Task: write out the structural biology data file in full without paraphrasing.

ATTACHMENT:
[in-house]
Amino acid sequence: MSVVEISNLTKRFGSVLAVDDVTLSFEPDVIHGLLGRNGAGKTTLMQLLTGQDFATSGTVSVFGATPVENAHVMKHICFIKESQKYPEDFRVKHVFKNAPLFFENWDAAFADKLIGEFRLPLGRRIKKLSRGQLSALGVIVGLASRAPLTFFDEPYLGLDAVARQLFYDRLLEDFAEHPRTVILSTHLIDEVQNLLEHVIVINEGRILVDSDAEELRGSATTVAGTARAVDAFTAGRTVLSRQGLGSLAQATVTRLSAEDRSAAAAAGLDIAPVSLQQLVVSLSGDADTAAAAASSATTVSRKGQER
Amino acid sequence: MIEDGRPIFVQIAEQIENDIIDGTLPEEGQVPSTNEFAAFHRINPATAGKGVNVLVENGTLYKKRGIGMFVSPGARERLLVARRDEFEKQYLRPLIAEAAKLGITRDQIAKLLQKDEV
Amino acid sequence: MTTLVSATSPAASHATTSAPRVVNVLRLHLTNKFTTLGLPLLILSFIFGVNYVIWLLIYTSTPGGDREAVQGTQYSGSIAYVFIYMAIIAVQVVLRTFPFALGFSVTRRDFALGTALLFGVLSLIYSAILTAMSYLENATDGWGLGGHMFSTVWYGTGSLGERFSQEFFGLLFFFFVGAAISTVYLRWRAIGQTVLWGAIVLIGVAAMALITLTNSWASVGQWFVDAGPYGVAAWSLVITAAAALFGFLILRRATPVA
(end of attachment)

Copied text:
[in-house]
Amino acid sequence: MSVVEISNLTKRFGSVLAVDDVTLSFEPDVIHGLLGRNGAGKTTLMQLLTGQDFATSGTVSVFGATPVENAHVMKHICFIKESQKYPEDFRVKHVFKNAPLFFENWDAAFADKLIGEFRLPLGRRIKKLSRGQLSALGVIVGLASRAPLTFFDEPYLGLDAVARQLFYDRLLEDFAEHPRTVILSTHLIDEVQNLLEHVIVINEGRILVDSDAEELRGSATTVAGTARAVDAFTAGRTVLSRQGLGSLAQATVTRLSAEDRSAAAAAGLDIAPVSLQQLVVSLSGDADTAAAAASSATTVSRKGQER
Amino acid sequence: MIEDGRPIFVQIAEQIENDIIDGTLPEEGQVPSTNEFAAFHRINPATAGKGVNVLVENGTLYKKRGIGMFVSPGARERLLVARRDEFEKQYLRPLIAEAAKLGITRDQIAKLLQKDEV
Amino acid sequence: MTTLVSATSPAASHATTSAPRVVNVLRLHLTNKFTTLGLPLLILSFIFGVNYVIWLLIYTSTPGGDREAVQGTQYSGSIAYVFIYMAIIAVQVVLRTFPFALGFSVTRRDFALGTALLFGVLSLIYSAILTAMSYLENATDGWGLGGHMFSTVWYGTGSLGERFSQEFFGLLFFFFVGAAISTVYLRWRAIGQTVLWGAIVLIGVAAMALITLTNSWASVGQWFVDAGPYGVAAWSLVITAAAALFGFLILRRATPVA